UT Southwestern is widely regarded as one of the nation’s leading centers for neonatal-perinatal care, teaching and research. The basic science and clinical investigation underway across UT Southwestern’s 15 pediatric divisions spans a wide range of topics, including gastroenterology, kidney disease, pulmonary vascular biology, neonatal resuscitation, and long-term follow-up care.
“Support from philanthropists like Mark and Marcia King is critical to advancing the most promising research to address the unmet needs of children, including chronic kidney disease and digestive diseases,” said Dr. Daniel K. Podolsky, President of UT Southwestern. “Because of their generosity, Dr. Jyothsna Gattineni and her UT Southwestern colleagues are able to accelerate their progress toward better treatment options and outcomes for newborns and provide much-needed hope for their families.”
About MMK Foundation
The MMK Foundation is a private, nonprofit 501(c) foundation that provides donations and partners with other nonprofit organizations and causes to support initiatives that enhance the lives of children, citizens, and communities globally to achieve positive outcomes. The MMK Foundation’s efforts are focused on improving the lives of children through health, education and technology; helping individuals by providing necessary resources, skills and opportunities; and strengthening communities by responding in the time of extraordinary need and making investments and improvements in the environment and infrastructure. Based in Dallas, Texas, the MMK Foundation was established in 2007 by Mark and Marcia King. More information is available on the MMK Foundation at www.mmkfoundation.com.
About Children’s Medical Center Foundation
Children’s Medical Center Foundation serves as the fundraising arm for Children’s Health℠, the leading pediatric health system in North Texas. The Foundation works with individual donors, corporations and organizations to help the comprehensive team of physicians, scientists and medical professionals at Children’s Health fulfill its mission to make life better for children. Children’s Medical Center Foundation raises, manages and distributes funds to support Children’s Medical Center Dallas and Children’s Medical Center Plano, multiple specialty centers, Children’s Health Pediatric Group primary care practices, Our Children’s House rehabilitation facilities, home health, physician services, and the Children’s Medical Center Research Institute at UT Southwestern. For more information, please visit give.childrens.com.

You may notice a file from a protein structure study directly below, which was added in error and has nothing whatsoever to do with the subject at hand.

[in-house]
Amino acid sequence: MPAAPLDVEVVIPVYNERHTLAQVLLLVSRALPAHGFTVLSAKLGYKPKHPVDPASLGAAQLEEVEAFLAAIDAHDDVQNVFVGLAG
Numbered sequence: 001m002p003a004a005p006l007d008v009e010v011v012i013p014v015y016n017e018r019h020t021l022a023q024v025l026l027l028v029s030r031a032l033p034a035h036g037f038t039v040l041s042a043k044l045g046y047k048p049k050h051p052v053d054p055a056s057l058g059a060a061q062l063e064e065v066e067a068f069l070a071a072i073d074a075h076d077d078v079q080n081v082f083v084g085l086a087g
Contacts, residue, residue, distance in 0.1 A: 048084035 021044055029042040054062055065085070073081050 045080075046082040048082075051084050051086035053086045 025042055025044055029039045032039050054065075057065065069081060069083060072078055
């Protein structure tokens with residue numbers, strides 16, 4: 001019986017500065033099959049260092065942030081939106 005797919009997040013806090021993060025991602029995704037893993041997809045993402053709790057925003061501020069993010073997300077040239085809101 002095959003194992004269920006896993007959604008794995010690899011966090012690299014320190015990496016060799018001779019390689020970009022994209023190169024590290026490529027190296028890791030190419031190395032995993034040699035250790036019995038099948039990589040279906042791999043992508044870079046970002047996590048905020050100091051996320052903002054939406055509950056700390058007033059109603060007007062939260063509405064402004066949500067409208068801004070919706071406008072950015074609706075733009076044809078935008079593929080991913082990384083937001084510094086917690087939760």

About UT Southwestern
UT Southwestern, one of the premier academic medical centers in the nation, integrates pioneering biomedical research with exceptional clinical care and education. The institution’s faculty has received six Nobel Prizes, and includes 22 members of the National Academy of Sciences, 18 members of the National Academy of Medicine, and 14 Howard Hughes Medical Institute investigators. The faculty of more than 2,700 is responsible for groundbreaking medical advances and is committed to translating science-driven research quickly to new clinical treatments. UT Southwestern physicians provide care in about 80 specialties to more than 100,000 hospitalized patients, 600,000 emergency room cases, and oversee approximately 2.2 million outpatient visits a year. To learn more, visit utsouthwestern.edu.